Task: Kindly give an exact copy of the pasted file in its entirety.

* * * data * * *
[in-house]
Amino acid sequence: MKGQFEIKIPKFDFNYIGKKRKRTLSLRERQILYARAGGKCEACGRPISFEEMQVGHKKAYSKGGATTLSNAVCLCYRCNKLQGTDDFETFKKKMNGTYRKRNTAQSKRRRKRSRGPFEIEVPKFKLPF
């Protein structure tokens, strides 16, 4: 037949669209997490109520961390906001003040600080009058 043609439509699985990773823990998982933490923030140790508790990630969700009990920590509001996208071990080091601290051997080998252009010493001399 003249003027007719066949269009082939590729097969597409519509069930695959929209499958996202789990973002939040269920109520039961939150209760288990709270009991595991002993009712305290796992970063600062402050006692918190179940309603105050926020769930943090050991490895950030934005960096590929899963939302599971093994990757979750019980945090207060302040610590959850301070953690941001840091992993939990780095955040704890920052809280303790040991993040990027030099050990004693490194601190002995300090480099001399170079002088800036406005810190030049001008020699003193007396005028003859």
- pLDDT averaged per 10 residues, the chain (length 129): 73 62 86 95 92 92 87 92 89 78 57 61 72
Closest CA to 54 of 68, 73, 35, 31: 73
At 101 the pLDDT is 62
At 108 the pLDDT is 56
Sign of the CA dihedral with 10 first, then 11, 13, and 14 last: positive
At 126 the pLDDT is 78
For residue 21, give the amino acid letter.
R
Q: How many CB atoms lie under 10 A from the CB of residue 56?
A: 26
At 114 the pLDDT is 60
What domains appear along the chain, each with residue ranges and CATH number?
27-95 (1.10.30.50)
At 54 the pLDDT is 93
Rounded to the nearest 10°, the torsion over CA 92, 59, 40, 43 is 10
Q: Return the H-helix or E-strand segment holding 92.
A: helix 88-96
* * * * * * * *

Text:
[in-house]
Amino acid sequence: MKGQFEIKIPKFDFNYIGKKRKRTLSLRERQILYARAGGKCEACGRPISFEEMQVGHKKAYSKGGATTLSNAVCLCYRCNKLQGTDDFETFKKKMNGTYRKRNTAQSKRRRKRSRGPFEIEVPKFKLPF
């Protein structure tokens, strides 16, 4: 037949669209997490109520961390906001003040600080009058 043609439509699985990773823990998982933490923030140790508790990630969700009990920590509001996208071990080091601290051997080998252009010493001399 003249003027007719066949269009082939590729097969597409519509069930695959929209499958996202789990973002939040269920109520039961939150209760288990709270009991595991002993009712305290796992970063600062402050006692918190179940309603105050926020769930943090050991490895950030934005960096590929899963939302599971093994990757979750019980945090207060302040610590959850301070953690941001840091992993939990780095955040704890920052809280303790040991993040990027030099050990004693490194601190002995300090480099001399170079002088800036406005810190030049001008020699003193007396005028003859």
- pLDDT averaged per 10 residues, the chain (length 129): 73 62 86 95 92 92 87 92 89 78 57 61 72
Closest CA to 54 of 68, 73, 35, 31: 73
At 101 the pLDDT is 62
At 108 the pLDDT is 56
Sign of the CA dihedral with 10 first, then 11, 13, and 14 last: positive
At 126 the pLDDT is 78
For residue 21, give the amino acid letter.
R
Q: How many CB atoms lie under 10 A from the CB of residue 56?
A: 26
At 114 the pLDDT is 60
What domains appear along the chain, each with residue ranges and CATH number?
27-95 (1.10.30.50)
At 54 the pLDDT is 93
Rounded to the nearest 10°, the torsion over CA 92, 59, 40, 43 is 10
Q: Return the H-helix or E-strand segment holding 92.
A: helix 88-96